Serenely incubating eggs in the inner city, this bird had little in common with its shy, reclusive ancestors that nested in Europe’s forests. Early in the 19th century, probably in Germany, blackbirds began settling in cities. By the mid-20th century, they were hopping around on stoops all over Europe.The rapid evolution of animals living in cities is a hot topic in biology these days. In North America, studies have shown that urban raccoons are measurably smarter than their wild cousins, since they live in an environment where food is plentiful but danger comes in hundreds of forms. (My sons are fascinated by this news and like to imagine raccoons evolving into clever goblins living around and among us, stealing our stuff.) There are moths that have evolved to avoid street lights and plants specialized to grow in cracks in the pavement. I wonder what is happening to North American robins, which now nest almost entirely in suburbs.
Many “wild” bird species — like the peregrine falcons, red-tailed hawks and laughing gulls of New York — have set up camp in cities. But the thing about Europe’s urban blackbirds (a relative of the American robin, not to be confused with North American blackbirds, which belong to a different family) is that they are very different from their forest-dwelling relatives. They have stockier bills, sing at a higher pitch (high enough to be heard over the din of traffic), are less likely to migrate (in cities there’s food and warmth year-round), and have less nervous personalities.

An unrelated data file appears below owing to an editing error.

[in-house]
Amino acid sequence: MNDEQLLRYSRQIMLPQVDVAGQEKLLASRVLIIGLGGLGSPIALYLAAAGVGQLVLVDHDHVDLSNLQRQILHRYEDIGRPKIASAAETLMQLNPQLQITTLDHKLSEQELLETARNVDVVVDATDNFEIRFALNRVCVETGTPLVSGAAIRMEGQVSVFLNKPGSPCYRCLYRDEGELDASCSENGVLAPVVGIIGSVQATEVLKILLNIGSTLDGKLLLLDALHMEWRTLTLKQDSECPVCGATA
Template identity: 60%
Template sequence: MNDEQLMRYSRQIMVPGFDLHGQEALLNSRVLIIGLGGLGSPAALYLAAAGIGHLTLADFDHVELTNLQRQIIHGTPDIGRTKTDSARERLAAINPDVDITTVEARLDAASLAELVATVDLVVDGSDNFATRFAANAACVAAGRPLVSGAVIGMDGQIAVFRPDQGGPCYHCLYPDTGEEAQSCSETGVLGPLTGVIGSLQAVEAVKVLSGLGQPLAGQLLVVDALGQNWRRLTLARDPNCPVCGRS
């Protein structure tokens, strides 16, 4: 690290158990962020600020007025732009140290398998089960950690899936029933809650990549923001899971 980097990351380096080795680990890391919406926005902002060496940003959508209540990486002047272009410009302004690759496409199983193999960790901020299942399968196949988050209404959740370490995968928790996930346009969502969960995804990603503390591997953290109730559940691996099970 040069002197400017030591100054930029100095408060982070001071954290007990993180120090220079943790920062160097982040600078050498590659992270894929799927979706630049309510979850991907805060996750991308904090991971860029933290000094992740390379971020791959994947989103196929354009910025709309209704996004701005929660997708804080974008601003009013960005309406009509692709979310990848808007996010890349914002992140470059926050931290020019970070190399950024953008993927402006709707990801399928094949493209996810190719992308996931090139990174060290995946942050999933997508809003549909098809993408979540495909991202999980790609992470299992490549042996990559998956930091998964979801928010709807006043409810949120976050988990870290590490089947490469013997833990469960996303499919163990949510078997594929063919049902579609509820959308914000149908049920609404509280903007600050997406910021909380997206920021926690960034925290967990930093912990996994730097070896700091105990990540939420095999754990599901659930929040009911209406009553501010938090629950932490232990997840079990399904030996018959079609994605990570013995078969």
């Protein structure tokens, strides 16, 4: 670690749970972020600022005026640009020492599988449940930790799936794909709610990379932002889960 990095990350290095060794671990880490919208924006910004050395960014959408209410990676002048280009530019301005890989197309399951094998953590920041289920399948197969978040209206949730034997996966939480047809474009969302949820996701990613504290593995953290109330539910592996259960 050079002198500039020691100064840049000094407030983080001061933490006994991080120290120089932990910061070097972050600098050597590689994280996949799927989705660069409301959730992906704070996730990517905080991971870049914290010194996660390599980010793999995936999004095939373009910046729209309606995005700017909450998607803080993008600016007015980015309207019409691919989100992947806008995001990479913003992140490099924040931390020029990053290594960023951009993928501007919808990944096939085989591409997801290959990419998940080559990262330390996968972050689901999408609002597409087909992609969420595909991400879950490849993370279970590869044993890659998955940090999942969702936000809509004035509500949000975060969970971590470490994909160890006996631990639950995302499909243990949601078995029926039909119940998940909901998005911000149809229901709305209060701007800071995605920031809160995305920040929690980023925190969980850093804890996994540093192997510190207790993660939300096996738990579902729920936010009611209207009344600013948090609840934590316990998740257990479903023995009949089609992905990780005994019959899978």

For many of these differences, genes are responsible. The birds’ DNA, after 200 years or less of adaptation, has diverged from that of their rural ancestors.
And, for that matter, to us.